Malise Yun’s Book Critique

This book critique was written by Malise Yun for her History 147: U.S. History II course in Winter 2015.

Beers, Diane. For the Prevention of Cruelty: The History and Legacy of Animal Rights Activism in the United States. Athens, Ohio: Swallow Press, 2006.

Should animals be anthropomorphized so they have human characteristics? According to animal right activists, they should have rights; Rights that protect them from cruelty. What once was a satirical subject begins to parallel the ambition of abolitionists. For the Prevention of Cruelty follows the growth of support for Animal Rights from philosopher, Jeremy Bentham in the late 18th century to the heat of Animal Rights Activism in the middle of the 19th century, and concludes during the mid-20th century when medical technological advances began to complicate the ethics of using animals for research. The Animal Rights Movement occurred while railroads grew a bigger consumer market, the civil war brought up the abolition of slaves and women were participating in reforms; and all affected how the movement evolved.

Beers writes that the protection of animals became more than a physical concern; it became an ethical concern too. Although laws were passed to protect animals, they were hardly enforced until the development of the American Society for the Prevention of Cruelty to Animals (ASPCA) in 1866. Until the ASPCA, work animals (cattle, horses, sheep and mules) would be worked to death by their owner because they were considered property. The ASPCA became an organization that provided protection to animals and knowledge to people.

Beers strives to argue the question, “Should animals have rights?” while providing historical background to show how animals were thought about and cared for. Beers takes you on a journey through the 19th century with animal rights as the focus and shows how the matter has been shaped through historical events during the century.  It has become something incredibly diverse and new to the people, but was confidently supported.  Many of the advocates were ones who’ve been campaigning for other issues too, like abolition. They would be middle to upper class and reach out to educate the youth to promote compassion towards animals.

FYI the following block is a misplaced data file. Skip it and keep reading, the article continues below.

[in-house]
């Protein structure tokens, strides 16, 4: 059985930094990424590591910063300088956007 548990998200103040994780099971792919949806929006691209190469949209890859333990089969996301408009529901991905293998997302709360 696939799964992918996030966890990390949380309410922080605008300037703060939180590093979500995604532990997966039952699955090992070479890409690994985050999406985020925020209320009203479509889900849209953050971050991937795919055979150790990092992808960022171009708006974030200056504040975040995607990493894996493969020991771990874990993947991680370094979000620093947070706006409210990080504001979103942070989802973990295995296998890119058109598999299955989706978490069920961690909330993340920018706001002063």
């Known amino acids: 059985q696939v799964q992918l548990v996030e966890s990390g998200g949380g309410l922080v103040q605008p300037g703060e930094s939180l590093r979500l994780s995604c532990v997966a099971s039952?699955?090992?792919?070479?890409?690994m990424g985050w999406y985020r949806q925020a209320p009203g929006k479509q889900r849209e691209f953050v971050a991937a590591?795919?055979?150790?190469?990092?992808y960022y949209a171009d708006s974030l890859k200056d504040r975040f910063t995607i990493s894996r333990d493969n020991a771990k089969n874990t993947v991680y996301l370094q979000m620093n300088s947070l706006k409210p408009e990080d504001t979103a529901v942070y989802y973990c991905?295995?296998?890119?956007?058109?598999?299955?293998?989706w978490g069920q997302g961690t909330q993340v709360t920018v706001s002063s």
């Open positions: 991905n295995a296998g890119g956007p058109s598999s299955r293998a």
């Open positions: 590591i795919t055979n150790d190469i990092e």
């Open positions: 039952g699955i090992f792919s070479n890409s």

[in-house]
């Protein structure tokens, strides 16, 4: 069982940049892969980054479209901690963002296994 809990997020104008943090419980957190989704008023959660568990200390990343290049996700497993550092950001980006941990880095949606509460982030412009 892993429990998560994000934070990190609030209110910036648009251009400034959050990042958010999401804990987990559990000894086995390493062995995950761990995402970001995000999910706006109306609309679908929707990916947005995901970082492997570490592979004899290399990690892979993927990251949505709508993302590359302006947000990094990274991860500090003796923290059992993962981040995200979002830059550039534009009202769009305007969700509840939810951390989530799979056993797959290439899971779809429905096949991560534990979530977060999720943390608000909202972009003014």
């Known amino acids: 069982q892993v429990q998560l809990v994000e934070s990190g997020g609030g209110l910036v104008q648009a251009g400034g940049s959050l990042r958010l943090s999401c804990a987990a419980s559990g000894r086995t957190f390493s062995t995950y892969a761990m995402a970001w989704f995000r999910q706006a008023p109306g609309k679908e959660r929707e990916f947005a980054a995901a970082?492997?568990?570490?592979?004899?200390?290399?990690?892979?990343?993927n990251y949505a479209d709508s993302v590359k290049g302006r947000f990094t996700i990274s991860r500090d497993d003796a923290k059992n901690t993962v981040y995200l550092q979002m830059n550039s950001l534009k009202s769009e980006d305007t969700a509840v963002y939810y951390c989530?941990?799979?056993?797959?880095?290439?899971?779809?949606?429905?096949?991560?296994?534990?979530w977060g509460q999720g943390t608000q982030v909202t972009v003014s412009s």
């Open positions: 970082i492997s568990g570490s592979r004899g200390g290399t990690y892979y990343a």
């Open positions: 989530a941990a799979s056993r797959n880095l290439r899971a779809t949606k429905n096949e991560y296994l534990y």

By looking in the past, Beers shares what she has found out about where the protections for animals has come from and extends from popular conceptions to academia. Within one chapter are different animal campaigns which Beers gives insight of how different types of animals were treated. Beers writes one about the masked secrets of Circuses in the 1800s which exploits the cruel treatment of performance animals. Beers goes in depth in specific animal cruelty cases. The following chapters are about how animal rights organizations reached out and tackled strenuous issues.

Diane Beers provides a wealth of information in a journalistic way and includes a noteworthy quote to begin each chapter which makes it appealing and quickly comprehensible. This book has been sufficiently researched and provides information from every major animal rights organization. The author begins to write from a modern and popular knowledge point of view; with the reader’s knowledge of there being organizations today that are established to protect and provide for animals. Beers provides an honest and unbiased account of the history for animal rights. She tells the readers of the rough starts and failures of the movement, along with the successes that led to the victorious protections animals get today.

Last Updated June 11, 2015